having used Windows/Linux for 10+ years and including Mac OSX the last 5, I agree that Win8 is an interesting move.

    Personally I installed Win8 and within 3 hours loved it. It booted in seconds, flowed beautifully, and felt natural within the first 24hrs of use.

    Unfortunately the only reason I turn on my 1000W tower these days is for Lightroom/Photoshop, Video encoding, and Gaming. Windows8 proved to have a fatal flaw within that use-case. I’m unsure if it is the fault of Microsoft or perhaps nVidia, but Gaming w/ Win8 was a terrible experience. A dozen times per session I would be playing a game with great performance etc etc and from time to time when my mouse touched the outer edges of my monitor.. blue screen >_<

    I tend to blame MS because it should be their code that disables edge-UI when in a full screen desktop app.

    In any case since Win8 failed at ~33% of that machine's purpose I had to wipe the OS drive and retreat to Win7.

    Thanks for the fair analysis; it greatly echo'd my experiences (well, ~66% of them.. :p).

  3. Mark

    Interesting article. I take my hat off to you for not being in any of the fan boy clubs and looking at technology with a non-biased view. I’m also intrigued by Windows 8 (although so far I’ve only tried Windows Phone 8). I use Macs and an iPad at home, Windows 7 at work and have an Android phone (which I love). Whatever the flaws of Windows 8 I definitely think Microsoft deserve credit for thinking differently! I look at the metro interface on the computer and phone and think its something that Apple could have come up with (as far as the typography and design is concerned).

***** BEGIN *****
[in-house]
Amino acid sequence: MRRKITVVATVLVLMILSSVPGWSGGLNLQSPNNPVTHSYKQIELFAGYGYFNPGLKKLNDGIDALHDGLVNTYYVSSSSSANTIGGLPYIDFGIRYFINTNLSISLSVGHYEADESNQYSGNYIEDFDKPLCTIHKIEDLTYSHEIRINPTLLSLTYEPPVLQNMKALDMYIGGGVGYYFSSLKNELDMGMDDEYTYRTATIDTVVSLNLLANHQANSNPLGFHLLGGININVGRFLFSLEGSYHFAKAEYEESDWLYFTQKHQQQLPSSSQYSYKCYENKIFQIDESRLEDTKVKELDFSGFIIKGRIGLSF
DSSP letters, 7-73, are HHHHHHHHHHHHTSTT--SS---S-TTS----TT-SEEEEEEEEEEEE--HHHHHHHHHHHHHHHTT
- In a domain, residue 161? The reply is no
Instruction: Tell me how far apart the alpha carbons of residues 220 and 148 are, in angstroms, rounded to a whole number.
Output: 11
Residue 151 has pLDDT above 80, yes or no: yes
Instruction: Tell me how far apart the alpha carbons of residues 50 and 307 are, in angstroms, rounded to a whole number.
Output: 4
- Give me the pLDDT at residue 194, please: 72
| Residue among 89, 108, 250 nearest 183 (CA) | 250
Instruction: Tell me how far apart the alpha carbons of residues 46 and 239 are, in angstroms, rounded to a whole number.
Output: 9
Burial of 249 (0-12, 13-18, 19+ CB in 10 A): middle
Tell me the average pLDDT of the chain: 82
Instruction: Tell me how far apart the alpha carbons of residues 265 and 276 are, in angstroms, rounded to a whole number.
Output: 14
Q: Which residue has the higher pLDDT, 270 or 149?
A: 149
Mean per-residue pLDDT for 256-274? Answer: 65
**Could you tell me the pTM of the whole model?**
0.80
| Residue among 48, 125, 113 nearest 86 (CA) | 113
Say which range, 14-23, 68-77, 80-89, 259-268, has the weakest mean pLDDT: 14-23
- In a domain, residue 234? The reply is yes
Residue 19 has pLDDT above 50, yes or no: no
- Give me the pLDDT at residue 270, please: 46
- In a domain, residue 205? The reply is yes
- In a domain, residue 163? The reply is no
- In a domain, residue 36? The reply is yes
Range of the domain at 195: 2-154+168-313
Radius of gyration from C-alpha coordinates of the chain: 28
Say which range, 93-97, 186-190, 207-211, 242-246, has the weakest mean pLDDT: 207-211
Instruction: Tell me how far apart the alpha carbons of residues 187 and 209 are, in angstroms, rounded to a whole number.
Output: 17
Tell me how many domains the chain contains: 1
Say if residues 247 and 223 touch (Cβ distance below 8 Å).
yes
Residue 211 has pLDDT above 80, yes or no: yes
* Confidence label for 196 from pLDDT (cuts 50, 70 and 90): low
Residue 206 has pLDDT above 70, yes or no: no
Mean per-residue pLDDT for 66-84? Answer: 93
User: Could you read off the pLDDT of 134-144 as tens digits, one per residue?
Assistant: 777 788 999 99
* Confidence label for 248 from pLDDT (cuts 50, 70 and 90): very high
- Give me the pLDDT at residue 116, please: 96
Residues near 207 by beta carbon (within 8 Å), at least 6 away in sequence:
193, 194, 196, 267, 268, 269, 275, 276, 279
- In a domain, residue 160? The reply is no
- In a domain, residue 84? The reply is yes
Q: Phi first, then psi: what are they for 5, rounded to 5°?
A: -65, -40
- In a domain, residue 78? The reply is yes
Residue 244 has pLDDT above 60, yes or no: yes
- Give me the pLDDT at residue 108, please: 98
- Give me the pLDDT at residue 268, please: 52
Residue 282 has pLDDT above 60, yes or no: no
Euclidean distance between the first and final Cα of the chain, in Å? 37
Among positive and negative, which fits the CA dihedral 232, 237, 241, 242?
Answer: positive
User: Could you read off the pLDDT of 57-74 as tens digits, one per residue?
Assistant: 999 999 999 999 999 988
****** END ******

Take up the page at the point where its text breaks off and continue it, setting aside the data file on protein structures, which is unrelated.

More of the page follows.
4. I use Windows 8 and Windows RT, although OS X is my main OS. I like the Metro UI fine. It is certainly not as intuitive as something like iOS (the first time I used it I could not even figure out how to shut it down. However, once you understand a few gestures (especially using the charms bar) it becomes very convenient. I love running apps full screen and swiping between them, I have worked this way for years, with virtual desktops on Linux and Spaces/Mission Control on Macs.

    What I like best about 8 is the app store. Installing apps and transferring them between Windows machines has always been a nightmare – 50 digit serial numbers, copy protection, etc. The app store works like Apple’s Mac and iOS app stores – installation is dead simple and you can use apps on multiple machines. One of my favorite little features is the ability to use a gesture password for login.

    What is worst about 8 is that if Microsoft was going to take the abuse for changing the UI (as Ubuntu did with Unity, etc.) they should have changed the rotting infrastructure. That 8 still has a registry is a disgrace. 8 is simply too big and too much of a resource hog for the tablets that its touch interface makes the most sense on. They should have blown Windows up started over with a small, fast, secure core, and run legacy software through virtualization. Windows 9 maybe?

    One problem for cross-platform types. I own an iPad, a Win RT tablet, and a PlayBook, and am often using the wrong gestures for whatever tablet I am using at the moment and wondering why it isn’t working.